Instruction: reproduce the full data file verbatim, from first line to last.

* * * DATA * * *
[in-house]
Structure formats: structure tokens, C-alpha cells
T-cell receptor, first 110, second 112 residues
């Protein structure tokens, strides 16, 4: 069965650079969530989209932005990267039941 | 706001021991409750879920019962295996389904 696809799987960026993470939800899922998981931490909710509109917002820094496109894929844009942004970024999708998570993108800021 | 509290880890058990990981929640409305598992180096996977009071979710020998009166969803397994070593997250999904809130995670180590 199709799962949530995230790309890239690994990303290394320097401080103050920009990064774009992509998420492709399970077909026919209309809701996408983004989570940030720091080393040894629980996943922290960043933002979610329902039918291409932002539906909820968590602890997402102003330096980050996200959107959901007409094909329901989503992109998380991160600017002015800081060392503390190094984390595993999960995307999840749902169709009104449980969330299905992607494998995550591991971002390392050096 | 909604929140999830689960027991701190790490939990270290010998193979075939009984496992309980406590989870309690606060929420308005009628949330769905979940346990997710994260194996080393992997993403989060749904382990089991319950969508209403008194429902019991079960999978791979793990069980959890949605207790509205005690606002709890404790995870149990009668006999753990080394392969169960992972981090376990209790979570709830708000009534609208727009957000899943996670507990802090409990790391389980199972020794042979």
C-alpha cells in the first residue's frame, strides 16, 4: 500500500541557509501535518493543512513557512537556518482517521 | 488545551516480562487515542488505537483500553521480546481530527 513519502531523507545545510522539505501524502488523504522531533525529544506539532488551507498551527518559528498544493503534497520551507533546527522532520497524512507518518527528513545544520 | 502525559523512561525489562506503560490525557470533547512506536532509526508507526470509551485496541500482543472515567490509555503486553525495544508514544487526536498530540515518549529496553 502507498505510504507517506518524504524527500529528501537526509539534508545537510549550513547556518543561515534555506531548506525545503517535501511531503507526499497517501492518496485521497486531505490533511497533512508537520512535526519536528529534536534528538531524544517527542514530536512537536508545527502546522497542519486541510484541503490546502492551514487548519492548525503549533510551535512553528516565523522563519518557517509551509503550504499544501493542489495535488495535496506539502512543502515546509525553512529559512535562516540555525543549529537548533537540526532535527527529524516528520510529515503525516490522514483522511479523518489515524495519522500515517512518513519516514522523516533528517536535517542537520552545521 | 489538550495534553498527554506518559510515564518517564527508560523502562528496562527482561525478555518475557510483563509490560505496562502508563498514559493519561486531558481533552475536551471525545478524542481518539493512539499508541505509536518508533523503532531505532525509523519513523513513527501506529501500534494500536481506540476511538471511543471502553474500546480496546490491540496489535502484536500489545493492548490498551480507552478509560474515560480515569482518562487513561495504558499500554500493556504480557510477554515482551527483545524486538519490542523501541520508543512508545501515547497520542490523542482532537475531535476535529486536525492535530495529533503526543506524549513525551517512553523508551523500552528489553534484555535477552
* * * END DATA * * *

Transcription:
[in-house]
Structure formats: structure tokens, C-alpha cells
T-cell receptor, first 110, second 112 residues
């Protein structure tokens, strides 16, 4: 069965650079969530989209932005990267039941 | 706001021991409750879920019962295996389904 696809799987960026993470939800899922998981931490909710509109917002820094496109894929844009942004970024999708998570993108800021 | 509290880890058990990981929640409305598992180096996977009071979710020998009166969803397994070593997250999904809130995670180590 199709799962949530995230790309890239690994990303290394320097401080103050920009990064774009992509998420492709399970077909026919209309809701996408983004989570940030720091080393040894629980996943922290960043933002979610329902039918291409932002539906909820968590602890997402102003330096980050996200959107959901007409094909329901989503992109998380991160600017002015800081060392503390190094984390595993999960995307999840749902169709009104449980969330299905992607494998995550591991971002390392050096 | 909604929140999830689960027991701190790490939990270290010998193979075939009984496992309980406590989870309690606060929420308005009628949330769905979940346990997710994260194996080393992997993403989060749904382990089991319950969508209403008194429902019991079960999978791979793990069980959890949605207790509205005690606002709890404790995870149990009668006999753990080394392969169960992972981090376990209790979570709830708000009534609208727009957000899943996670507990802090409990790391389980199972020794042979």
C-alpha cells in the first residue's frame, strides 16, 4: 500500500541557509501535518493543512513557512537556518482517521 | 488545551516480562487515542488505537483500553521480546481530527 513519502531523507545545510522539505501524502488523504522531533525529544506539532488551507498551527518559528498544493503534497520551507533546527522532520497524512507518518527528513545544520 | 502525559523512561525489562506503560490525557470533547512506536532509526508507526470509551485496541500482543472515567490509555503486553525495544508514544487526536498530540515518549529496553 502507498505510504507517506518524504524527500529528501537526509539534508545537510549550513547556518543561515534555506531548506525545503517535501511531503507526499497517501492518496485521497486531505490533511497533512508537520512535526519536528529534536534528538531524544517527542514530536512537536508545527502546522497542519486541510484541503490546502492551514487548519492548525503549533510551535512553528516565523522563519518557517509551509503550504499544501493542489495535488495535496506539502512543502515546509525553512529559512535562516540555525543549529537548533537540526532535527527529524516528520510529515503525516490522514483522511479523518489515524495519522500515517512518513519516514522523516533528517536535517542537520552545521 | 489538550495534553498527554506518559510515564518517564527508560523502562528496562527482561525478555518475557510483563509490560505496562502508563498514559493519561486531558481533552475536551471525545478524542481518539493512539499508541505509536518508533523503532531505532525509523519513523513513527501506529501500534494500536481506540476511538471511543471502553474500546480496546490491540496489535502484536500489545493492548490498551480507552478509560474515560480515569482518562487513561495504558499500554500493556504480557510477554515482551527483545524486538519490542523501541520508543512508545501515547497520542490523542482532537475531535476535529486536525492535530495529533503526543506524549513525551517512553523508551523500552528489553534484555535477552